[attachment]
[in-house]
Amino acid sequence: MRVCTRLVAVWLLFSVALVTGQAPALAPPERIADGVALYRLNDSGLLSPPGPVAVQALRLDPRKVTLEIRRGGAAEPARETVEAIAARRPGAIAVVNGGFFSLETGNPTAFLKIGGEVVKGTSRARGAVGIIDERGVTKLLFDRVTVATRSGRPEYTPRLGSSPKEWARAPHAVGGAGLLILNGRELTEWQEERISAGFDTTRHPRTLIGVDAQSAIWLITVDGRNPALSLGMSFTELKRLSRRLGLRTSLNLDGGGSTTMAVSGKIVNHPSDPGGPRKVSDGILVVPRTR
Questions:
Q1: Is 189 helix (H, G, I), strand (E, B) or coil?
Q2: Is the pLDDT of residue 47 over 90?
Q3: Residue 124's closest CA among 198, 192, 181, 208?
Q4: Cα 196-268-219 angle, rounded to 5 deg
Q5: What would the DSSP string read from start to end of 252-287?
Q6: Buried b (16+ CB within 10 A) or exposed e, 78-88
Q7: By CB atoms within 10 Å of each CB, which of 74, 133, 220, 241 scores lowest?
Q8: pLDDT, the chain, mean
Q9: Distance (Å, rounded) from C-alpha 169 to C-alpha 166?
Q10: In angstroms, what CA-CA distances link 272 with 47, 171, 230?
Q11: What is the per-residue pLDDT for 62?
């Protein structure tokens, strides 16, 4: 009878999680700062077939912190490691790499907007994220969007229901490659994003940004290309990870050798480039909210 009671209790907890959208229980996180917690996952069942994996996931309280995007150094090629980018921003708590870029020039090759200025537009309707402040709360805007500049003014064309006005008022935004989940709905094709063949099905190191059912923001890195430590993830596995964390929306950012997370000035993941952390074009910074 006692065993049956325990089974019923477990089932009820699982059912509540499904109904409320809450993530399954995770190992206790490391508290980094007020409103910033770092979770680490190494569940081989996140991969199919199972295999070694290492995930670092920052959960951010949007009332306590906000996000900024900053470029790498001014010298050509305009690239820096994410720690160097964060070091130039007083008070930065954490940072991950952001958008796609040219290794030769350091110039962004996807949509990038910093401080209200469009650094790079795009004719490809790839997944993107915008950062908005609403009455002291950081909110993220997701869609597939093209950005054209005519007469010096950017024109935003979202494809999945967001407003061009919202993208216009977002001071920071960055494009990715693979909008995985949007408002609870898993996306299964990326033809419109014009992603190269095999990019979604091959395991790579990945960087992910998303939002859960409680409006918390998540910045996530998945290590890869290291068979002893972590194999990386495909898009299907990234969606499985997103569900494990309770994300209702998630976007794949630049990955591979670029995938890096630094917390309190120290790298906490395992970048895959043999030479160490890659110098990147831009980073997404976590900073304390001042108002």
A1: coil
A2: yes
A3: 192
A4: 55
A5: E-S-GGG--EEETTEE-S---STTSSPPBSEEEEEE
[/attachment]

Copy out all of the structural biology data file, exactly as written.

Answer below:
[in-house]
Amino acid sequence: MRVCTRLVAVWLLFSVALVTGQAPALAPPERIADGVALYRLNDSGLLSPPGPVAVQALRLDPRKVTLEIRRGGAAEPARETVEAIAARRPGAIAVVNGGFFSLETGNPTAFLKIGGEVVKGTSRARGAVGIIDERGVTKLLFDRVTVATRSGRPEYTPRLGSSPKEWARAPHAVGGAGLLILNGRELTEWQEERISAGFDTTRHPRTLIGVDAQSAIWLITVDGRNPALSLGMSFTELKRLSRRLGLRTSLNLDGGGSTTMAVSGKIVNHPSDPGGPRKVSDGILVVPRTR
Questions:
Q1: Is 189 helix (H, G, I), strand (E, B) or coil?
Q2: Is the pLDDT of residue 47 over 90?
Q3: Residue 124's closest CA among 198, 192, 181, 208?
Q4: Cα 196-268-219 angle, rounded to 5 deg
Q5: What would the DSSP string read from start to end of 252-287?
Q6: Buried b (16+ CB within 10 A) or exposed e, 78-88
Q7: By CB atoms within 10 Å of each CB, which of 74, 133, 220, 241 scores lowest?
Q8: pLDDT, the chain, mean
Q9: Distance (Å, rounded) from C-alpha 169 to C-alpha 166?
Q10: In angstroms, what CA-CA distances link 272 with 47, 171, 230?
Q11: What is the per-residue pLDDT for 62?
């Protein structure tokens, strides 16, 4: 009878999680700062077939912190490691790499907007994220969007229901490659994003940004290309990870050798480039909210 009671209790907890959208229980996180917690996952069942994996996931309280995007150094090629980018921003708590870029020039090759200025537009309707402040709360805007500049003014064309006005008022935004989940709905094709063949099905190191059912923001890195430590993830596995964390929306950012997370000035993941952390074009910074 006692065993049956325990089974019923477990089932009820699982059912509540499904109904409320809450993530399954995770190992206790490391508290980094007020409103910033770092979770680490190494569940081989996140991969199919199972295999070694290492995930670092920052959960951010949007009332306590906000996000900024900053470029790498001014010298050509305009690239820096994410720690160097964060070091130039007083008070930065954490940072991950952001958008796609040219290794030769350091110039962004996807949509990038910093401080209200469009650094790079795009004719490809790839997944993107915008950062908005609403009455002291950081909110993220997701869609597939093209950005054209005519007469010096950017024109935003979202494809999945967001407003061009919202993208216009977002001071920071960055494009990715693979909008995985949007408002609870898993996306299964990326033809419109014009992603190269095999990019979604091959395991790579990945960087992910998303939002859960409680409006918390998540910045996530998945290590890869290291068979002893972590194999990386495909898009299907990234969606499985997103569900494990309770994300209702998630976007794949630049990955591979670029995938890096630094917390309190120290790298906490395992970048895959043999030479160490890659110098990147831009980073997404976590900073304390001042108002």
A1: coil
A2: yes
A3: 192
A4: 55
A5: E-S-GGG--EEETTEE-S---STTSSPPBSEEEEEE